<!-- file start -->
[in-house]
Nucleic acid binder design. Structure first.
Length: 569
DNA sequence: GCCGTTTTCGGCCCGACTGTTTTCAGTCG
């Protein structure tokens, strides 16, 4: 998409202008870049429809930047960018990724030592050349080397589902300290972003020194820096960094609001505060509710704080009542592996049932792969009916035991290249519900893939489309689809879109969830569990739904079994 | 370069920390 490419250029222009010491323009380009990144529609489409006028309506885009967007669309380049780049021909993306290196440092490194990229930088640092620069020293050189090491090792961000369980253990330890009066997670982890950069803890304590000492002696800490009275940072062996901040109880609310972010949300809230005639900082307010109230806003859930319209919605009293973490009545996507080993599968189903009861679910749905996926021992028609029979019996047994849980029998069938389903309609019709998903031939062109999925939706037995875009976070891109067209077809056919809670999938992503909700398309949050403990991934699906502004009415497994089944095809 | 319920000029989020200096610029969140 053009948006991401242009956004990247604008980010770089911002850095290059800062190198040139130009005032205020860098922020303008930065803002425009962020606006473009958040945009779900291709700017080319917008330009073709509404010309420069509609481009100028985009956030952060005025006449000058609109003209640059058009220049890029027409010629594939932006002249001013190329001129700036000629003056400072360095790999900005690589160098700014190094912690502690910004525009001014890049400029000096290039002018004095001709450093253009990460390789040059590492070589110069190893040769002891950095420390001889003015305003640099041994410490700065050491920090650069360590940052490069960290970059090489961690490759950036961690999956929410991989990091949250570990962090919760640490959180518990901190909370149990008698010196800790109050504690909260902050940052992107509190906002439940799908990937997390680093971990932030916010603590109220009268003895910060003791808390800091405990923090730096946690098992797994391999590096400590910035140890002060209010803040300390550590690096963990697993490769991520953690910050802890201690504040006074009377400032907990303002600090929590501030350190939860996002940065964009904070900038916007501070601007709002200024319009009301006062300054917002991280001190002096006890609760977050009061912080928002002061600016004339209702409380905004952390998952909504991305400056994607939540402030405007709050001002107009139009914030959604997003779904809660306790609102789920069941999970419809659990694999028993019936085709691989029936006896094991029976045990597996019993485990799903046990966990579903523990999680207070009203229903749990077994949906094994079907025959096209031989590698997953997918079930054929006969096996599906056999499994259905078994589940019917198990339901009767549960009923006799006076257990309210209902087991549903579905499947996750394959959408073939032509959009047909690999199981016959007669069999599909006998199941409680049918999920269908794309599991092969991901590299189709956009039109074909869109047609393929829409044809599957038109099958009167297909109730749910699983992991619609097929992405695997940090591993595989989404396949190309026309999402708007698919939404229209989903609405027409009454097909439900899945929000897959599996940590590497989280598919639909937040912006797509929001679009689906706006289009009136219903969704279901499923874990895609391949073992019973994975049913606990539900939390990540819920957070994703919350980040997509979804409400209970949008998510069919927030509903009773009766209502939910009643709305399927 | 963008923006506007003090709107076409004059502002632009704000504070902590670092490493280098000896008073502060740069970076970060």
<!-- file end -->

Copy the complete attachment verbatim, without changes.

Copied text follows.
[in-house]
Nucleic acid binder design. Structure first.
Length: 569
DNA sequence: GCCGTTTTCGGCCCGACTGTTTTCAGTCG
């Protein structure tokens, strides 16, 4: 998409202008870049429809930047960018990724030592050349080397589902300290972003020194820096960094609001505060509710704080009542592996049932792969009916035991290249519900893939489309689809879109969830569990739904079994 | 370069920390 490419250029222009010491323009380009990144529609489409006028309506885009967007669309380049780049021909993306290196440092490194990229930088640092620069020293050189090491090792961000369980253990330890009066997670982890950069803890304590000492002696800490009275940072062996901040109880609310972010949300809230005639900082307010109230806003859930319209919605009293973490009545996507080993599968189903009861679910749905996926021992028609029979019996047994849980029998069938389903309609019709998903031939062109999925939706037995875009976070891109067209077809056919809670999938992503909700398309949050403990991934699906502004009415497994089944095809 | 319920000029989020200096610029969140 053009948006991401242009956004990247604008980010770089911002850095290059800062190198040139130009005032205020860098922020303008930065803002425009962020606006473009958040945009779900291709700017080319917008330009073709509404010309420069509609481009100028985009956030952060005025006449000058609109003209640059058009220049890029027409010629594939932006002249001013190329001129700036000629003056400072360095790999900005690589160098700014190094912690502690910004525009001014890049400029000096290039002018004095001709450093253009990460390789040059590492070589110069190893040769002891950095420390001889003015305003640099041994410490700065050491920090650069360590940052490069960290970059090489961690490759950036961690999956929410991989990091949250570990962090919760640490959180518990901190909370149990008698010196800790109050504690909260902050940052992107509190906002439940799908990937997390680093971990932030916010603590109220009268003895910060003791808390800091405990923090730096946690098992797994391999590096400590910035140890002060209010803040300390550590690096963990697993490769991520953690910050802890201690504040006074009377400032907990303002600090929590501030350190939860996002940065964009904070900038916007501070601007709002200024319009009301006062300054917002991280001190002096006890609760977050009061912080928002002061600016004339209702409380905004952390998952909504991305400056994607939540402030405007709050001002107009139009914030959604997003779904809660306790609102789920069941999970419809659990694999028993019936085709691989029936006896094991029976045990597996019993485990799903046990966990579903523990999680207070009203229903749990077994949906094994079907025959096209031989590698997953997918079930054929006969096996599906056999499994259905078994589940019917198990339901009767549960009923006799006076257990309210209902087991549903579905499947996750394959959408073939032509959009047909690999199981016959007669069999599909006998199941409680049918999920269908794309599991092969991901590299189709956009039109074909869109047609393929829409044809599957038109099958009167297909109730749910699983992991619609097929992405695997940090591993595989989404396949190309026309999402708007698919939404229209989903609405027409009454097909439900899945929000897959599996940590590497989280598919639909937040912006797509929001679009689906706006289009009136219903969704279901499923874990895609391949073992019973994975049913606990539900939390990540819920957070994703919350980040997509979804409400209970949008998510069919927030509903009773009766209502939910009643709305399927 | 963008923006506007003090709107076409004059502002632009704000504070902590670092490493280098000896008073502060740069970076970060």